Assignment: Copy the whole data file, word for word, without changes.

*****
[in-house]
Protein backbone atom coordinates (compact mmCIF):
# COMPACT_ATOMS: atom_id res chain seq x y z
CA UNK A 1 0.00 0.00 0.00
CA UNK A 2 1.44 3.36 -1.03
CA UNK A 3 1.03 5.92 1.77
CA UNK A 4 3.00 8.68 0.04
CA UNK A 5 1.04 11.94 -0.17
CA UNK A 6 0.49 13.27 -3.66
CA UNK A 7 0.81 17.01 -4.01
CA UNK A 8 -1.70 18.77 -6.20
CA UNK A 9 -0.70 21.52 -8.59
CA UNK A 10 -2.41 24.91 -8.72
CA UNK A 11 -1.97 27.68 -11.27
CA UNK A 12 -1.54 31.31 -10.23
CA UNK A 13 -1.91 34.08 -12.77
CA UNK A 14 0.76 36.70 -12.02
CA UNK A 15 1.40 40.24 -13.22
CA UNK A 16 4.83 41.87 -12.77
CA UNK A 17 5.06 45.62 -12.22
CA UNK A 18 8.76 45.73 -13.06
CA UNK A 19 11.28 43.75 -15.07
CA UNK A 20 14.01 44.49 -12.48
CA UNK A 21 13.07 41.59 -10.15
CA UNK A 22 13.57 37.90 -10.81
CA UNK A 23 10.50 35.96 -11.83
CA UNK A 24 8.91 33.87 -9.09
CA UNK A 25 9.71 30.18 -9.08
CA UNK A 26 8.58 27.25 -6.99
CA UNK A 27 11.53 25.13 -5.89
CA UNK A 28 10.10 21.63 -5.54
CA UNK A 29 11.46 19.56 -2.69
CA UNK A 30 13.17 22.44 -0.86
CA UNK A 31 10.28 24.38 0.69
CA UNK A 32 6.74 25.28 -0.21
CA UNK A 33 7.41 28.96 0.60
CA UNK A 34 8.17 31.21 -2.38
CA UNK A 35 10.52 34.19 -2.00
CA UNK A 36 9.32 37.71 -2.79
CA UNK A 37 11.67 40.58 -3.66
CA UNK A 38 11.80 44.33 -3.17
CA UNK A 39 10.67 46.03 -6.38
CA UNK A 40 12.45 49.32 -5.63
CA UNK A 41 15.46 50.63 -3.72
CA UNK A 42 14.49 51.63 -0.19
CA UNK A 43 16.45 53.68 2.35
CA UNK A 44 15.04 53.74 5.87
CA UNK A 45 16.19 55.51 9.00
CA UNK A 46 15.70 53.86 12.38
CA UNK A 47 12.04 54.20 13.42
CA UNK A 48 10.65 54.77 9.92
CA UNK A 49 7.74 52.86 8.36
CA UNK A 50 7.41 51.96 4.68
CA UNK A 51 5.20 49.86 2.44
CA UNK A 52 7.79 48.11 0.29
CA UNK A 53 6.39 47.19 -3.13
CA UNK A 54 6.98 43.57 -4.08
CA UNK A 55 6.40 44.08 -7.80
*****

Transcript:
[in-house]
Protein backbone atom coordinates (compact mmCIF):
# COMPACT_ATOMS: atom_id res chain seq x y z
CA UNK A 1 0.00 0.00 0.00
CA UNK A 2 1.44 3.36 -1.03
CA UNK A 3 1.03 5.92 1.77
CA UNK A 4 3.00 8.68 0.04
CA UNK A 5 1.04 11.94 -0.17
CA UNK A 6 0.49 13.27 -3.66
CA UNK A 7 0.81 17.01 -4.01
CA UNK A 8 -1.70 18.77 -6.20
CA UNK A 9 -0.70 21.52 -8.59
CA UNK A 10 -2.41 24.91 -8.72
CA UNK A 11 -1.97 27.68 -11.27
CA UNK A 12 -1.54 31.31 -10.23
CA UNK A 13 -1.91 34.08 -12.77
CA UNK A 14 0.76 36.70 -12.02
CA UNK A 15 1.40 40.24 -13.22
CA UNK A 16 4.83 41.87 -12.77
CA UNK A 17 5.06 45.62 -12.22
CA UNK A 18 8.76 45.73 -13.06
CA UNK A 19 11.28 43.75 -15.07
CA UNK A 20 14.01 44.49 -12.48
CA UNK A 21 13.07 41.59 -10.15
CA UNK A 22 13.57 37.90 -10.81
CA UNK A 23 10.50 35.96 -11.83
CA UNK A 24 8.91 33.87 -9.09
CA UNK A 25 9.71 30.18 -9.08
CA UNK A 26 8.58 27.25 -6.99
CA UNK A 27 11.53 25.13 -5.89
CA UNK A 28 10.10 21.63 -5.54
CA UNK A 29 11.46 19.56 -2.69
CA UNK A 30 13.17 22.44 -0.86
CA UNK A 31 10.28 24.38 0.69
CA UNK A 32 6.74 25.28 -0.21
CA UNK A 33 7.41 28.96 0.60
CA UNK A 34 8.17 31.21 -2.38
CA UNK A 35 10.52 34.19 -2.00
CA UNK A 36 9.32 37.71 -2.79
CA UNK A 37 11.67 40.58 -3.66
CA UNK A 38 11.80 44.33 -3.17
CA UNK A 39 10.67 46.03 -6.38
CA UNK A 40 12.45 49.32 -5.63
CA UNK A 41 15.46 50.63 -3.72
CA UNK A 42 14.49 51.63 -0.19
CA UNK A 43 16.45 53.68 2.35
CA UNK A 44 15.04 53.74 5.87
CA UNK A 45 16.19 55.51 9.00
CA UNK A 46 15.70 53.86 12.38
CA UNK A 47 12.04 54.20 13.42
CA UNK A 48 10.65 54.77 9.92
CA UNK A 49 7.74 52.86 8.36
CA UNK A 50 7.41 51.96 4.68
CA UNK A 51 5.20 49.86 2.44
CA UNK A 52 7.79 48.11 0.29
CA UNK A 53 6.39 47.19 -3.13
CA UNK A 54 6.98 43.57 -4.08
CA UNK A 55 6.40 44.08 -7.80